Some interesting facts from the foundation:  More than 68 million people worldwide stutter;  3 million Americans stutter.  Stuttering affects four times as many males as females.   Approximately 5 percent of all children go through a period of stuttering that lasts six months or more.  That is why early intervention is so important.  Three-quarters of those will recover by late childhood, leaving 1 percent with long-term problems.

Famous people who stuttered include King George VI, Winston Churchill, Nicole Kidman, James Earl Jones, Marilyn Monroe, Tiger Woods, Andrew Lloyd Webber, and Jane Seymour.

Incredible You!

Dr. Wayne Dyer’s picture book “Incredible You,” is an uplifting, feel good about yourself picture book that helps children explore the 10 ways to let your greatness shine through. The book illustrations by Melanie Siegel, are bold and colorful.

Everything is possible in the hearts and minds of a child. That is what makes this the perfect book to boost a child’s self-esteem. Dr. Dyer, “believes that you cannot start early enough to teach the essential lessons for living a successful and peaceful life.”

Parents can introduce their children to 10 concepts that include: share the good, find what you love, find a quiet place inside, make today great, take care of yourself, everyone is special, especially you and many more. Each idea is presented very simply and is numbered. At the end, Dr. Dyer, has a list of questions related to each idea, where parents and teachers can help the child relate in his//her own special way.

This is a beautiful book filled with love, insight and purpose. It’s a simple message that kids will get.

It is Dr. Dyer’s wish that “these precious souls close the book and feel that nothing is impossible for them.” “It would be even more thrilling for me if this becomes the book they choose each night.”

The first week of May is National Children’s Mental Health Awareness Week, declared by the National Federation of Families for Children’s Mental Health. This week emphasized the importance of family and youth involvement in the children’s mental health movement.  National Mental Health Month will run through May.

You Can Be a Friend

By:  Tony & Lauren Dungy
Illustrator:  Ron Mazellan
Publisher:  Little Simon Inspirations
Ages: 4-8 yrs.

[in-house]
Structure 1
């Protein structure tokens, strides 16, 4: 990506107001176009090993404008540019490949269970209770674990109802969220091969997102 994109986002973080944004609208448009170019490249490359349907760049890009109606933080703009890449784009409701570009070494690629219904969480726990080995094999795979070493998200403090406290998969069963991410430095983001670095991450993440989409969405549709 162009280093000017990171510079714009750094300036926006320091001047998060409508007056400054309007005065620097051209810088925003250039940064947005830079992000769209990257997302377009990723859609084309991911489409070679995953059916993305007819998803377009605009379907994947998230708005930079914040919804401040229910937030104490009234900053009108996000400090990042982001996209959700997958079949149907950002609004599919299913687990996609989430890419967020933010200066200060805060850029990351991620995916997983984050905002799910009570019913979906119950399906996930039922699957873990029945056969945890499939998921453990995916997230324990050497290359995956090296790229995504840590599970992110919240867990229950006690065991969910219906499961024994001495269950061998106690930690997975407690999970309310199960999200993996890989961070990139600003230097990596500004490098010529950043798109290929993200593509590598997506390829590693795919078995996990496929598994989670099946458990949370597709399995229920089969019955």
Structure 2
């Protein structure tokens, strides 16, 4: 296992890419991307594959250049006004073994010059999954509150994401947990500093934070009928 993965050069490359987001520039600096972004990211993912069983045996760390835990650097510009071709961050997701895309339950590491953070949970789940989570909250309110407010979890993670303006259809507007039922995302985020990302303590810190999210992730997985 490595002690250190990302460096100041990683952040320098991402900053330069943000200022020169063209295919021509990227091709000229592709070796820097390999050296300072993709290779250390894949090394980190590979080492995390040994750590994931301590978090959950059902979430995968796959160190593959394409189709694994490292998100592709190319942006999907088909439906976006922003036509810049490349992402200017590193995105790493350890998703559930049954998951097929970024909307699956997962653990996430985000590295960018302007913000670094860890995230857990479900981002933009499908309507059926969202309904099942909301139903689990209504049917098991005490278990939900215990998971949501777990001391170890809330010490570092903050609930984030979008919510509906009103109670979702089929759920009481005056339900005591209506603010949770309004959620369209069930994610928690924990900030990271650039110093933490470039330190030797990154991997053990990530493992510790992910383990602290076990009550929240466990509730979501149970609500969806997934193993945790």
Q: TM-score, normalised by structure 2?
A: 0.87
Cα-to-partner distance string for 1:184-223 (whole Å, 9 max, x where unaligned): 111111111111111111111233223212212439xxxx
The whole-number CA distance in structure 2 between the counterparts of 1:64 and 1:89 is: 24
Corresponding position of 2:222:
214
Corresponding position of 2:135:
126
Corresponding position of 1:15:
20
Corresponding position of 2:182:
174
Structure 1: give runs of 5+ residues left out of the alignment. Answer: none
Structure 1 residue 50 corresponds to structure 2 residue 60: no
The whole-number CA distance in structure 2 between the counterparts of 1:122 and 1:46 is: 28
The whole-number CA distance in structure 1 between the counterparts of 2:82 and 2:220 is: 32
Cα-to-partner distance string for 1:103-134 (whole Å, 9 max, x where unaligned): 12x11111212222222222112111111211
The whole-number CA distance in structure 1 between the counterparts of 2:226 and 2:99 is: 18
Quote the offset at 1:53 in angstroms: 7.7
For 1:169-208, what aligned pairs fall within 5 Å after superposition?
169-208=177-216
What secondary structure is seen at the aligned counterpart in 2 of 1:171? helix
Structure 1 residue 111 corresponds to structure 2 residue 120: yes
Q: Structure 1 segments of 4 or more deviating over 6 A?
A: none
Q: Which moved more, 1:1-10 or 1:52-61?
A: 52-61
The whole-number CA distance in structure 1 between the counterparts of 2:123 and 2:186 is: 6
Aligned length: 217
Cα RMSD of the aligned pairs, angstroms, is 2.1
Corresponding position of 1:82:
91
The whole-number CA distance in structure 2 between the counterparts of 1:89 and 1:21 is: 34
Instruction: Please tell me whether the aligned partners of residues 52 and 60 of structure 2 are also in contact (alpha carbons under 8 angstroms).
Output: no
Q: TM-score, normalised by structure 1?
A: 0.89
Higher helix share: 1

I purchased You Can Be a Friend,  for my granddaughter before she starts kindergarten next fall.  I am grateful to authors  Tony and Lauren Dungy, for writing this inspirational and important book about family values and friendships.   Having friends is one of the most beneficial aspects of a child’s life.  But what if the child has a disability?   The Dungys artfully show  that “having limitations can never limit the boundaries of friendship.”   The Mazellan’s illustrations are simply beautiful.
 
Jade is over-the-hill excited when she discovers  a new girl moving into the house across the street.  Her wish has come true.  She has grown up in a family of all boys and there are no other girls living nearby.   She will have a friend at last.  The Dungy family bakes cookies for the new family, and they go welcome their new neighbors.   When Jade meets  Hannah, she’s not ready to find her in a wheel chair.   She assumes that Hannah can’t do any of the things that she does.  Jade’s not sure if she can be friends with Hannah.  Over time Jade gets to know Hannah and they become good friends.  Hannah teaches Jade to bowl, they share secrets and   play games.  She also realizes that there are things Hannah can’t do.   Jade’s birthday is approaching and she wants to invite Hannah to her party.  But, the party site will cause problems for her friend.  Jade has some important decisions to make.       
 
You Can Be a Friend is an excellent book for parents to introduce children to disabilities, and a great class room discussion book.  All children want to play and interact with other children.  Children with disabilities want to share similar experiences with their siblings and friends.   Having a good friend means sharing both the good and difficult times.   

Rules — Autism Awareness Month

 In wrapping up Worldwide Autism Awareness Month, I wanted to end my children’s book reviews with Rules, by Cynthia Lord.   This is a chapter book for children in grades 4-7, published by Scholastic Press.  The author won the Newberry Honor and the Schneider Family Book Awards in 2009.   Lord, is the mother of two children, one of whom has autism.  She is also a former teacher and behavioral specialist.

The book cover says it all, “No toys in the fish tank!”   It is one of many rules, that 12-year-old, Catherine has made up to help her autistic brother, David, understand his  world.  There are others too:  Flush!   A boy can’t  take off his pants in public.  This is Catherine’s room.  David must knock!  It’s okay to hug Mom, but not the clerk at the video store.  Don’t chew your food with your mouth open.

Rules, is a very convincing story about the challenges for siblings living with a brother/sister with autism.  For Catherine, it’s about wanting to live a normal life, which is not possible when life revolves around David.  Catherine is an endearing character, struggling with her own identity and wanting to have friends.  She has all the normal feelings of resentment, anger, embarrassment, frustration and jealousy that siblings share.   A diagnosis of autism is very hard on siblings.